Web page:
You're in Escrow!

Where did the term “opening escrow” come from?  Is it a box, like Pandora’s, that some person with a special designation has to open in order for your home sale to move forward?  Does it require a magic wand or an Etch-a-sketch? I’ve only been a Realtor since 2001, so I may have missed the origination of this reference.  As far as I’ve ever known, opening escrow means sending the fully executed contract to the designated escrow company and waiting for an escrow number, wiring instructions for the buyers’ initial deposit, and the escrow instructions.

For all practical purposes, you’ve opened escrow on the date that you, as either the buyer or the seller, accept the original offer or accept the latest counter offer from the other side.  This is referred to as the date of acceptance.  Can the date of acceptance and the date the escrow number is issued be different?  Yes! For instance, if all parties sign the appropriate documents on Saturday, the 11th of the month, the date of acceptance for all further calendaring events specified in the agreement is the 11th.  The earliest the escrow company will be notified that there’s a new escrow to open will Monday morning the 13th,, as escrow officers do not typically work on the weekends.  On Monday the 13th, the escrow officer will receive the fully executed contract at whatever time he or she opens the email containing the fully executed contract and all of the terms he or she will use to generate the escrow number, wiring instructions for the buyers’ initial deposit, and the escrow instructions. Nothing in the contract is connected to or tied to the date of opening escrow.  No one records the date of opening escrow.  The close of escrow is tied to the date of acceptance, not the date of opening escrow.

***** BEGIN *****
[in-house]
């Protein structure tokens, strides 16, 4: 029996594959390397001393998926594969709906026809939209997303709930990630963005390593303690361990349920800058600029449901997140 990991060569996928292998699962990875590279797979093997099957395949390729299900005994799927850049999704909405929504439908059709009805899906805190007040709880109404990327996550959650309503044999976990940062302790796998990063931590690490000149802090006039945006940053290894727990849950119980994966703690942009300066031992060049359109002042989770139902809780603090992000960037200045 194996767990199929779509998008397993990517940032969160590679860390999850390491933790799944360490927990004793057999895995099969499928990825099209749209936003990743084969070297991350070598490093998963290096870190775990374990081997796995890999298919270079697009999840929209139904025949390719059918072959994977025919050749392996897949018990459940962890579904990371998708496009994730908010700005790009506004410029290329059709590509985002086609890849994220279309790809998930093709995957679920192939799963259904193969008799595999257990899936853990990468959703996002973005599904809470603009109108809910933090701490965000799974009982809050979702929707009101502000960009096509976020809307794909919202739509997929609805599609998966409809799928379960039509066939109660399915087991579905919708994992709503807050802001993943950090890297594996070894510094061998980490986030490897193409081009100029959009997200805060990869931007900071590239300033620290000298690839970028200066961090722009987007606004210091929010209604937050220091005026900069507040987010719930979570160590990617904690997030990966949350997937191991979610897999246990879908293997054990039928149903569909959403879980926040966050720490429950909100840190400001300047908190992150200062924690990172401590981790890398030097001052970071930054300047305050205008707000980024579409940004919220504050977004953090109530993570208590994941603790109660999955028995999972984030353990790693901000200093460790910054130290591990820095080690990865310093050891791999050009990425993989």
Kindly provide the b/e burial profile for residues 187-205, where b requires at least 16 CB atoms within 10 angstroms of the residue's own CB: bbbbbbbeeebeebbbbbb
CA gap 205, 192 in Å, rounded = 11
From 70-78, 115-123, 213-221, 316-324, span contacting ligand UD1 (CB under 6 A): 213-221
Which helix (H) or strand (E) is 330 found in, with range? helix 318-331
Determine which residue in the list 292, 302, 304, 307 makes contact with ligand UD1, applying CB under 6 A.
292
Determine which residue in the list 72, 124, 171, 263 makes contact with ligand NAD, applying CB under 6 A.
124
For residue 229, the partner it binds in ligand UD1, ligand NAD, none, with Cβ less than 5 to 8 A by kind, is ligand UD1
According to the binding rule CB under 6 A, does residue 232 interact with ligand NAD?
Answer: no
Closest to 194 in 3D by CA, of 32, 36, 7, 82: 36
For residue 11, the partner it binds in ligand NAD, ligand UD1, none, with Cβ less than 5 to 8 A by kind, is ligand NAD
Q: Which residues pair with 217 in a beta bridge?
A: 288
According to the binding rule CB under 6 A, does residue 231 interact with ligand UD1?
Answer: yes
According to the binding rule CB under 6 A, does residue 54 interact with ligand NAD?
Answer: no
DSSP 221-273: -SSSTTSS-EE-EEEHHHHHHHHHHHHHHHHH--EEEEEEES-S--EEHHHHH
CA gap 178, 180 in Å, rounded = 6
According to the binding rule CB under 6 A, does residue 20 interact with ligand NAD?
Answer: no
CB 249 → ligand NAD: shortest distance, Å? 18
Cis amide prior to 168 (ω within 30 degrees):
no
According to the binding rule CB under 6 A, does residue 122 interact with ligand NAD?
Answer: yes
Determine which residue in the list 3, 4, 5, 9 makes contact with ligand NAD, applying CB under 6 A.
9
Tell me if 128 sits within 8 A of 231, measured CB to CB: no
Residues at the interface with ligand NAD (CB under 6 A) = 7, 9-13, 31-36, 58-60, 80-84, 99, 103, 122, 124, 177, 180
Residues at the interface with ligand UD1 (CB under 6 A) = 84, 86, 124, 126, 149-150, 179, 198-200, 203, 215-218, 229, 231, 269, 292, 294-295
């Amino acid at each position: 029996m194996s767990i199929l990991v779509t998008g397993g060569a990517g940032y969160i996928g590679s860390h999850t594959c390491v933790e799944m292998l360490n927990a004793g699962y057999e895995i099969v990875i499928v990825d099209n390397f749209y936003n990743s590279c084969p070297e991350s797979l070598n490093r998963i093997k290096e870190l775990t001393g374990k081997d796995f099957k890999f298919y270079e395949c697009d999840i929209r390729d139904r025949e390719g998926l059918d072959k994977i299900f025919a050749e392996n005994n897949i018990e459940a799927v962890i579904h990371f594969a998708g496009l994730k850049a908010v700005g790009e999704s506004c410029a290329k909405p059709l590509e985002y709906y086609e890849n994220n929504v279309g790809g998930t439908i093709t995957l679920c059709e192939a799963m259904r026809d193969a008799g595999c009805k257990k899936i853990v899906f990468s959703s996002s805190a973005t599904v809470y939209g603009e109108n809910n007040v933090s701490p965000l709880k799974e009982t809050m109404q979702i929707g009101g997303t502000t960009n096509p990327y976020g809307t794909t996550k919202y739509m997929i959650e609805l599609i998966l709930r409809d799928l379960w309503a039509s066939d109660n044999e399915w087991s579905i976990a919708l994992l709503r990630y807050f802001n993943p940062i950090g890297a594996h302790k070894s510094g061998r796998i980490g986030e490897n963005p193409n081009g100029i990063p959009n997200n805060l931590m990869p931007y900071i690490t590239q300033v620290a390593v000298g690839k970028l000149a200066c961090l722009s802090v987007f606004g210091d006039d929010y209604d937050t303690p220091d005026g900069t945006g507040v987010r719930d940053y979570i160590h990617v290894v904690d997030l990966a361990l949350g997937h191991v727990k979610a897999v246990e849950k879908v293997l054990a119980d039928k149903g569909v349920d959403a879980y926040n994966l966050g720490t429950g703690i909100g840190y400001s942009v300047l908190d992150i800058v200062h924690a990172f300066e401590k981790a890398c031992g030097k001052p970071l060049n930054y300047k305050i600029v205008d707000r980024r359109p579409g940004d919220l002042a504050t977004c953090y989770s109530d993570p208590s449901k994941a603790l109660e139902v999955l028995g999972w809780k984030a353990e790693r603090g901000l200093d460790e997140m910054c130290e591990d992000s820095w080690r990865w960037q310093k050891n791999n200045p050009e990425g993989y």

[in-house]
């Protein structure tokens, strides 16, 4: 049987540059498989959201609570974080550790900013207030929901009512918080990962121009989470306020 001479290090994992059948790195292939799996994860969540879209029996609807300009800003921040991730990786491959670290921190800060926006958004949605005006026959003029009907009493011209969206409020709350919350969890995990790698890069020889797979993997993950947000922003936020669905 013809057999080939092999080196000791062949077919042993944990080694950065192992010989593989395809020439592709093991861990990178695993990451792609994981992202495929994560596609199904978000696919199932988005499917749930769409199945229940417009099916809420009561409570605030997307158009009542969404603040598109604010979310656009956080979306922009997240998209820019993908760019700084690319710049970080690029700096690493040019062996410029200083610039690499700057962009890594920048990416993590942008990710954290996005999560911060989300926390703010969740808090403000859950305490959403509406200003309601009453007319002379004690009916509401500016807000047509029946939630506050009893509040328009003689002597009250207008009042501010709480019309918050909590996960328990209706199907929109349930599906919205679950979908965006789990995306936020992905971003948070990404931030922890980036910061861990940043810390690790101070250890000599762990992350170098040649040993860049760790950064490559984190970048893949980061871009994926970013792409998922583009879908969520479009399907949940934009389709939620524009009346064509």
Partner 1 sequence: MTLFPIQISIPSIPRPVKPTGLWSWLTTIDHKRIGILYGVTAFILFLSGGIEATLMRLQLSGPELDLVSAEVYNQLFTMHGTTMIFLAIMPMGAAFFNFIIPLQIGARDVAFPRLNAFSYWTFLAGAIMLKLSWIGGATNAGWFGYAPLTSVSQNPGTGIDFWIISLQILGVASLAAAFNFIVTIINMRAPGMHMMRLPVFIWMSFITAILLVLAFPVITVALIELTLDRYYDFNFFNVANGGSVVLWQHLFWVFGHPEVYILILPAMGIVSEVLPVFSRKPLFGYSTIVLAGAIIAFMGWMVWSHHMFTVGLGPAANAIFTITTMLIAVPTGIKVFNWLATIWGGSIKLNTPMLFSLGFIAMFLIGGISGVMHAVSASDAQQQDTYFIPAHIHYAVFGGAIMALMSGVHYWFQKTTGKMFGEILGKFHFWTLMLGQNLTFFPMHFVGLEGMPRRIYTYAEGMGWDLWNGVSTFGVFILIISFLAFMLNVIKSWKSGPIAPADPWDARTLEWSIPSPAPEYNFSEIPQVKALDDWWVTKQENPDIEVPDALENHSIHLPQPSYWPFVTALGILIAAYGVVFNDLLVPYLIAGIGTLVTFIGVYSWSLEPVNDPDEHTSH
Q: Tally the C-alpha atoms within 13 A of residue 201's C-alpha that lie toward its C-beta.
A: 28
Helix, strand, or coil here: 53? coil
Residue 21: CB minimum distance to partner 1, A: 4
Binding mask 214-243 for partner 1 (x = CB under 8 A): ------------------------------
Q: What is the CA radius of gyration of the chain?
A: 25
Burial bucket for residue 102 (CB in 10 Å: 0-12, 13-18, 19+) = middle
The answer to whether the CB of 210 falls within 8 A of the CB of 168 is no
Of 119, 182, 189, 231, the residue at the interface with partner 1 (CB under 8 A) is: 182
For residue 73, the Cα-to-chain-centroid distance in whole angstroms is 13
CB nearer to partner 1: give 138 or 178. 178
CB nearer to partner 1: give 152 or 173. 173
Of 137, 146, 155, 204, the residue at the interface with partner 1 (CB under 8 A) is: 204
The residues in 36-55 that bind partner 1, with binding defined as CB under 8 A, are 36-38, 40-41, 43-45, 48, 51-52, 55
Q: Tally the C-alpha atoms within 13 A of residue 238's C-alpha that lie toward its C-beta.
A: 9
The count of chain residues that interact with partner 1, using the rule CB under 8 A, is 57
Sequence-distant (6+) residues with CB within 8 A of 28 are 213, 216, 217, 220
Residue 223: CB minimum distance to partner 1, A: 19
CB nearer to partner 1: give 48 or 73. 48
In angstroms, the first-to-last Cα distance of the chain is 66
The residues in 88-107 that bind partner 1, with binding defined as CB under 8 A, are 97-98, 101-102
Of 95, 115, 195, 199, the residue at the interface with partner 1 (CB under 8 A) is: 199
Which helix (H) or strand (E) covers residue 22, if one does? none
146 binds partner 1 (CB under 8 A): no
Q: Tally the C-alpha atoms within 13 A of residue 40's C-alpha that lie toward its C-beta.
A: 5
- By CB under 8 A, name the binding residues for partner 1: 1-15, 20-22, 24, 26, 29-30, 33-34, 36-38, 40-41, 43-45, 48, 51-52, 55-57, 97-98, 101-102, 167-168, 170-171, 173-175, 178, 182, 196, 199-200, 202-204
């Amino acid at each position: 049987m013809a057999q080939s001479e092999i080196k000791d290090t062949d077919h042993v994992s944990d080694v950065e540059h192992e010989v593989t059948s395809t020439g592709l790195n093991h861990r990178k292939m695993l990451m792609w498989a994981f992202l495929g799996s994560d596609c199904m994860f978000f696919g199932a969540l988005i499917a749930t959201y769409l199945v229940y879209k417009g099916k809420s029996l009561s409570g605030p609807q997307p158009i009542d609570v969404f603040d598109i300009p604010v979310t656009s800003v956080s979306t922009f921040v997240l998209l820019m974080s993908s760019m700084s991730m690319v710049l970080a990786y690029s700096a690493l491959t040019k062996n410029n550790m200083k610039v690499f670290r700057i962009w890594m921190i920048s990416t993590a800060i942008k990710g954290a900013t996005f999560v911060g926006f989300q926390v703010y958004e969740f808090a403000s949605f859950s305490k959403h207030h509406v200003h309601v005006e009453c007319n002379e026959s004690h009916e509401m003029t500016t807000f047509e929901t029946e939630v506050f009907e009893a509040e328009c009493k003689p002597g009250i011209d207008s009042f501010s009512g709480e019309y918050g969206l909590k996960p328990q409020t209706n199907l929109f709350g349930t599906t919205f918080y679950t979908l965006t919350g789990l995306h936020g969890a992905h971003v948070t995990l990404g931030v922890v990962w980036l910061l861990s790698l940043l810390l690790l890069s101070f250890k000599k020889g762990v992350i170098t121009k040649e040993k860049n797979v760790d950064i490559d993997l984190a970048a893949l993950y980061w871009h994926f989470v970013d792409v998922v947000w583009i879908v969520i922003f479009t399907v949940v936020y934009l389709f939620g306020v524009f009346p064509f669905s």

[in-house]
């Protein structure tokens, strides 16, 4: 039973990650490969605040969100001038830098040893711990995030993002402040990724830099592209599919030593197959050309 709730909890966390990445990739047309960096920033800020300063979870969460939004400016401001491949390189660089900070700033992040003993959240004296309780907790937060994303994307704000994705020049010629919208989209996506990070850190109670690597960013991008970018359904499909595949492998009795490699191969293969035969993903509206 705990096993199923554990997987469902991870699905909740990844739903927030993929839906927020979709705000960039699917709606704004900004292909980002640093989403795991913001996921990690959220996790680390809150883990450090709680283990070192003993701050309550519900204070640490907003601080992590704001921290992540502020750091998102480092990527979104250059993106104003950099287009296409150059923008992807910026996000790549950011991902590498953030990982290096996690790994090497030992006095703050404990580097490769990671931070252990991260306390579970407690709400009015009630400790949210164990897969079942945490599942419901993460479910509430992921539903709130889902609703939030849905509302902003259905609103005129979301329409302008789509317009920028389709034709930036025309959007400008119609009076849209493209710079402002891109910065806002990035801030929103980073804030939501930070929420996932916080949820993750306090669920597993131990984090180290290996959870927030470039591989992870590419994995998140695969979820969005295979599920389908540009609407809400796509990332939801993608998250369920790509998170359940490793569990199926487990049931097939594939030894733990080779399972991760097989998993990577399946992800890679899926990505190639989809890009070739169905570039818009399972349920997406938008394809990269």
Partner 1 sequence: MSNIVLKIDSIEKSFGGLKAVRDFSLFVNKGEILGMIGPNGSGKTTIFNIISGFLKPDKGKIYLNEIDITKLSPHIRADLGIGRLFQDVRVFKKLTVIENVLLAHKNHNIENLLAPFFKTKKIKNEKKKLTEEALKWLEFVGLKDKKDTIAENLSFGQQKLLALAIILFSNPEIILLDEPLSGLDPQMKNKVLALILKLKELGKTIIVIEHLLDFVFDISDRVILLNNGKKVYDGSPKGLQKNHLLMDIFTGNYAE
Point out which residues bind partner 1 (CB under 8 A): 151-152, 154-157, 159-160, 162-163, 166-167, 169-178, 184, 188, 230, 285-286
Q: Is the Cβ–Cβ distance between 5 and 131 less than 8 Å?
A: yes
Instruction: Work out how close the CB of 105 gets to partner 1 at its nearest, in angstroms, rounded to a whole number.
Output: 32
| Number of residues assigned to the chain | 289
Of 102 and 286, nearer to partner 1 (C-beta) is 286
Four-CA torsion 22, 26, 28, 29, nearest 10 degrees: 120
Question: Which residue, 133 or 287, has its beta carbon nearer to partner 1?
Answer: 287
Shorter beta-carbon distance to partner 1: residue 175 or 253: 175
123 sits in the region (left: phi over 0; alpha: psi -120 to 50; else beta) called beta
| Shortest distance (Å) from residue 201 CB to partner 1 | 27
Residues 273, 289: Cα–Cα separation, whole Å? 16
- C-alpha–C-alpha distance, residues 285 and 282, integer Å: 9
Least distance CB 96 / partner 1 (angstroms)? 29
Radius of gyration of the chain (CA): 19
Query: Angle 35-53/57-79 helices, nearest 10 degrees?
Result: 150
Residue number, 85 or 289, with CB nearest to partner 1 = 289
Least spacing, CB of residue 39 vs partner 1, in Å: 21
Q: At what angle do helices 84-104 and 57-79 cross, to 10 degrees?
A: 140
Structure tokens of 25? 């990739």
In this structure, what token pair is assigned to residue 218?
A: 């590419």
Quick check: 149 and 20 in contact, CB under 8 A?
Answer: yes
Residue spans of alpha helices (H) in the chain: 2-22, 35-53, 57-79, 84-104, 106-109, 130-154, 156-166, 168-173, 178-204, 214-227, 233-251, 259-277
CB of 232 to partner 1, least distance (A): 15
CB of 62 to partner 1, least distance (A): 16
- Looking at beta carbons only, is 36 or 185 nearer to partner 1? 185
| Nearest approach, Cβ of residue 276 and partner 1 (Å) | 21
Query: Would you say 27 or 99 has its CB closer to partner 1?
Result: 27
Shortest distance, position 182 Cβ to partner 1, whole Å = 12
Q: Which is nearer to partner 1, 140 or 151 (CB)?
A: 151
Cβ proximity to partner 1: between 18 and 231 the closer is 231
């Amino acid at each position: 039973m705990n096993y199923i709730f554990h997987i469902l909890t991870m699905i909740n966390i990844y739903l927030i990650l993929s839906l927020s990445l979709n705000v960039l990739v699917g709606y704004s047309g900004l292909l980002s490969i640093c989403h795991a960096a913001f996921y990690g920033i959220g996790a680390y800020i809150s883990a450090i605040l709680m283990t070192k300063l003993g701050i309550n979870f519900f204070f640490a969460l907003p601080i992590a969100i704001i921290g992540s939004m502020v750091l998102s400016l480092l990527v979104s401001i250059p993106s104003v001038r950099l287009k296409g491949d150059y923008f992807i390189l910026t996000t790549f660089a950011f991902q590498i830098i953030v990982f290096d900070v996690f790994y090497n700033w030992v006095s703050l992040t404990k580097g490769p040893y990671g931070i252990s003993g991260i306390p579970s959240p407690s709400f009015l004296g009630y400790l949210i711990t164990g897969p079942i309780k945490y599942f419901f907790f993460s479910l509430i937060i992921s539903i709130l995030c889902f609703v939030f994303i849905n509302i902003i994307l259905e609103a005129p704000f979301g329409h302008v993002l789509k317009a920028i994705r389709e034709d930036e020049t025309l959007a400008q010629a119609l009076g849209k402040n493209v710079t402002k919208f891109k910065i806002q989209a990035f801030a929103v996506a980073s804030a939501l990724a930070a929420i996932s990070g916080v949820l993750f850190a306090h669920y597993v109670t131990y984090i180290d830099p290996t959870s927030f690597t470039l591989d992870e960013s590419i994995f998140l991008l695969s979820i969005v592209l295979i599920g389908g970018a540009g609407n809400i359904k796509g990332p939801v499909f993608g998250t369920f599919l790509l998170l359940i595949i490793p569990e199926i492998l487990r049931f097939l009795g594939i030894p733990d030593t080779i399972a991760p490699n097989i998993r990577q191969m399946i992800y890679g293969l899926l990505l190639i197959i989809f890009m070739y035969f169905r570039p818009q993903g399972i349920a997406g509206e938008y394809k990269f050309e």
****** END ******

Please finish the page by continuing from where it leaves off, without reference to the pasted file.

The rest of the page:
People on both sides of the bargaining table want to be assured that they are, in fact, in escrow.  It is often accompanied by a huge grin, a sign of relief, or some heart emogis when people let you know they are in escrow.  Can you be in escrow without opening escrow?  I believe you can be.  The date of acceptance is the Big Kahuna event in my book, signifying that the deal is done - everyone has agreed to move forward according to the price and conditions agreed to in the contract.  Never do I hear buyers or sellers say “well, we have a signed contract, but we haven’t gotten the escrow number yet, so we haven’t really opened escrow.”  You are in escrow even if you haven’t opened escrow.  

I'm Leslie Eskildsen, Realtor.


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